We judge those things in the 15th chapter of the Acts of the Apostles to be imitable by an Association, viz.: 1st, their disowning of the erroneous and judaising teachers, saying, to whom we gave no such commandment, verse 24; 2dly, the sending delegated persons of their own number, with Paul and Barnabas, to support their sentence in the place where the debate sprung up, verse 25; and a third thing followed in consequence thereof, viz., a delivering of the decrees to the other churches, to be observed, as well as the church of Antioch, Acts 16:4. Consistent therewith, the practice of after ages is found to be; when, because they had no council, synod, or association to convene, of course they called a council, in order to make head against any error or disorders, when in any particular church, such things grew too big for a particular church peaceably to determine, as the case about circumcision was at Antioch. In such cases all the churches were looked upon as one church, and all the bishops as universal, because of the unity of the faith and conformity of practice which ought to be in the churches of Christ; though in all other cases, the several distinct churches acted independent of each other, as Cyprian relates the practice of his time, viz: That the bishops were so united in one body, that if any one of the body broached any heresy, or began to waste and tear the flock of Christ, all the rest came immediately to its rescue. Cyprian, cited by Bingham, book 2, page 101. And the same author observes, that they disowned the faulty, and advertised all the churches of the same. And Mr.
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Crosby relates, that an Association in London did disown a certain disorderlychurch in London, and did caution all the churches they were related to, not to countenance them in any way, nor to suffer their members to frequent their meetings; and thus an Association may disown and withdraw from a defective or disorderly church, and advise the churches related to them to withdraw from, and to discountenance such as aforesaid, without exceeding the bounds of their power.

And further, that an Association of the delegates of confederate churches may doctrinally declare any person or party in a church, who are defective in principles or disorderly in practice, to be censurable, when the affair comes under their cognizance, and without exceeding the bounds of their power and duty, to advise the church that such belong unto, how to deal with such, according to the rule of gospel discipline; and also to strengthen such a, church, and assist her, if need be, by sending able men of their own number to help the church in executing the power vested in her by the ordinance of Jesus Christ, and to stand by her, and to, defend her against the insults of such offending persons or parties.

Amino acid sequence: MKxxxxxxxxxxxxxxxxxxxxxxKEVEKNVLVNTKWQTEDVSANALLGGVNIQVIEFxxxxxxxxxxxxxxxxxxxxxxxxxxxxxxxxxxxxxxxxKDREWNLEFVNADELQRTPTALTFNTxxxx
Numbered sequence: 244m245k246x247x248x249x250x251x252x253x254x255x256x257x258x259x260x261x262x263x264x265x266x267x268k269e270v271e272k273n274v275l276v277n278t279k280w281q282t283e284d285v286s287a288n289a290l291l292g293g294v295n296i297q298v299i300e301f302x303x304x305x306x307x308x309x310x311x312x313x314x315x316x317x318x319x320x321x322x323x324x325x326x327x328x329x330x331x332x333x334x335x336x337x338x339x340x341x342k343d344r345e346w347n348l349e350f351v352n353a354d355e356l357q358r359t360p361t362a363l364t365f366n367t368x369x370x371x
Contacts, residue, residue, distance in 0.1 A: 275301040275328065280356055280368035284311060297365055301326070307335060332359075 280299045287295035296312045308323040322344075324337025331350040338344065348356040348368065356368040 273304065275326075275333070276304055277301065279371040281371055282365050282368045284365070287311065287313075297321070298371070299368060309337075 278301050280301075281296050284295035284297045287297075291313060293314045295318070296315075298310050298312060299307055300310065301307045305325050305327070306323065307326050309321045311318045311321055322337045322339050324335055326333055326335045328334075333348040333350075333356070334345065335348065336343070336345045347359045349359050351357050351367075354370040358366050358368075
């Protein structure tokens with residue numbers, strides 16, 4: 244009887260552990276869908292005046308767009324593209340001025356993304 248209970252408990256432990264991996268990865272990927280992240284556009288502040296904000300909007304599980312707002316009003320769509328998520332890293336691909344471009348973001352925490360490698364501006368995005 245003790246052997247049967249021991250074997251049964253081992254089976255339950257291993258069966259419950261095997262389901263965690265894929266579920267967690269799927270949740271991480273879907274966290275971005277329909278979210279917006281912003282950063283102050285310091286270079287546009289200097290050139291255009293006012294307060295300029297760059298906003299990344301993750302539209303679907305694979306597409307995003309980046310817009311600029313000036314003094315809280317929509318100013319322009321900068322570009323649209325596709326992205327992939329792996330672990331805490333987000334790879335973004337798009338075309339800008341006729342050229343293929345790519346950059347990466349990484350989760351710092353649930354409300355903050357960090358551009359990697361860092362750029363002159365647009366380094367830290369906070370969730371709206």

The above is a transcript of the said essay, according to the order given by the said Association, which was ordered to be taken without the then introduction and singularity. Taking the substance and contents thereof as the judgment of the Association, respecting their power and duty.

Consented to and transcribed by me, Benjamin Griffith. Signed by the whole Association, whose names are

Nathaniel Jenkins, Moderator, John Watson,
Jenkin Jones, Thomas Smith,
Owen Thomas, Augsbury Smith,
David Davis, Samuel Ashmead,
John Davis, Lewis Thomas,
James Carman, Thomas Coxs,
Abel Morgan, >Ministers. James Dorset,
Benj. Miller, John Davis,
Joshua Potts, Robert Chain,
Isaac Eaton, John Williams,
Malachiah Bonham, James Davis,
Oliver Hart, Andrew Bray,
William Marshall, John Stout,
Jno. Bartholomew, Crispin Collet.
William Smith,

On application made to the Association, to appoint proper persons to examine and approve the transcript of the above said essay, before it be inserted in the Association book, Mr. Jenkin Jones and Mr. Joshua Potts were named, and such others as could readiest be got; and accordingly Mr. Owen Thomas and those above named, did peruse and approve of the same as it is above inserted.

[From A. D. Gillette, Minutes of the Philadelphia Baptist Association -- 1707-1807, 1851; rpt. 2001, pp. 61-63. -- jrd]